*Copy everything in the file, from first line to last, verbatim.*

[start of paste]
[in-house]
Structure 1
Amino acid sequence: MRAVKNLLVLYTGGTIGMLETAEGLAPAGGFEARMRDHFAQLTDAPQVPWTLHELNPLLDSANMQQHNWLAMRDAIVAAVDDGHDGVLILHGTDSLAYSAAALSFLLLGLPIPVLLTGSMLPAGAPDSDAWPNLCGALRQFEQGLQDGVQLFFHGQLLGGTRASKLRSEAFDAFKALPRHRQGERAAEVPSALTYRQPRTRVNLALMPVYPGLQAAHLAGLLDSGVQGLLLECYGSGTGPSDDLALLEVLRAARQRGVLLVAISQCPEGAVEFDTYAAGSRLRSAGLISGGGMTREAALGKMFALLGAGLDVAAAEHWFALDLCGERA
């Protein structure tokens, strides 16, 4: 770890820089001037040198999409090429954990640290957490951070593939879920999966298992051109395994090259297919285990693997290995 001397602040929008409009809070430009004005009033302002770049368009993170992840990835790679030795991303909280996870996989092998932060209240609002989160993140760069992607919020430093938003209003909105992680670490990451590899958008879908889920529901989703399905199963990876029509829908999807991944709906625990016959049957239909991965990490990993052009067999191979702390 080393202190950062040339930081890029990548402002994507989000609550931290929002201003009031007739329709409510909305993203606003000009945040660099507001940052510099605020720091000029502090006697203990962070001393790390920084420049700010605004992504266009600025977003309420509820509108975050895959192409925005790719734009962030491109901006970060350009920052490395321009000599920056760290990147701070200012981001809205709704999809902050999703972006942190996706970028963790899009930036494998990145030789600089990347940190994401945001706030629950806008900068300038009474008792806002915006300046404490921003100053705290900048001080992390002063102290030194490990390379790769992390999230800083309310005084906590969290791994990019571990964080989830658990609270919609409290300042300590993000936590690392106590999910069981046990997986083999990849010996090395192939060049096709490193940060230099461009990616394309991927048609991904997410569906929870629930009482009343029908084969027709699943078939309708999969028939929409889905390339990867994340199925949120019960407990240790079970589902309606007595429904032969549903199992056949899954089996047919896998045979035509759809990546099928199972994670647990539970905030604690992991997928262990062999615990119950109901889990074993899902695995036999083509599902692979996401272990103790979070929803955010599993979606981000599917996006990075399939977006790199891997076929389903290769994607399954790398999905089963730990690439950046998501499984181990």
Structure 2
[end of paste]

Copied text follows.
[in-house]
Structure 1
Amino acid sequence: MRAVKNLLVLYTGGTIGMLETAEGLAPAGGFEARMRDHFAQLTDAPQVPWTLHELNPLLDSANMQQHNWLAMRDAIVAAVDDGHDGVLILHGTDSLAYSAAALSFLLLGLPIPVLLTGSMLPAGAPDSDAWPNLCGALRQFEQGLQDGVQLFFHGQLLGGTRASKLRSEAFDAFKALPRHRQGERAAEVPSALTYRQPRTRVNLALMPVYPGLQAAHLAGLLDSGVQGLLLECYGSGTGPSDDLALLEVLRAARQRGVLLVAISQCPEGAVEFDTYAAGSRLRSAGLISGGGMTREAALGKMFALLGAGLDVAAAEHWFALDLCGERA
């Protein structure tokens, strides 16, 4: 770890820089001037040198999409090429954990640290957490951070593939879920999966298992051109395994090259297919285990693997290995 001397602040929008409009809070430009004005009033302002770049368009993170992840990835790679030795991303909280996870996989092998932060209240609002989160993140760069992607919020430093938003209003909105992680670490990451590899958008879908889920529901989703399905199963990876029509829908999807991944709906625990016959049957239909991965990490990993052009067999191979702390 080393202190950062040339930081890029990548402002994507989000609550931290929002201003009031007739329709409510909305993203606003000009945040660099507001940052510099605020720091000029502090006697203990962070001393790390920084420049700010605004992504266009600025977003309420509820509108975050895959192409925005790719734009962030491109901006970060350009920052490395321009000599920056760290990147701070200012981001809205709704999809902050999703972006942190996706970028963790899009930036494998990145030789600089990347940190994401945001706030629950806008900068300038009474008792806002915006300046404490921003100053705290900048001080992390002063102290030194490990390379790769992390999230800083309310005084906590969290791994990019571990964080989830658990609270919609409290300042300590993000936590690392106590999910069981046990997986083999990849010996090395192939060049096709490193940060230099461009990616394309991927048609991904997410569906929870629930009482009343029908084969027709699943078939309708999969028939929409889905390339990867994340199925949120019960407990240790079970589902309606007595429904032969549903199992056949899954089996047919896998045979035509759809990546099928199972994670647990539970905030604690992991997928262990062999615990119950109901889990074993899902695995036999083509599902692979996401272990103790979070929803955010599993979606981000599917996006990075399939977006790199891997076929389903290769994607399954790398999905089963730990690439950046998501499984181990």
Structure 2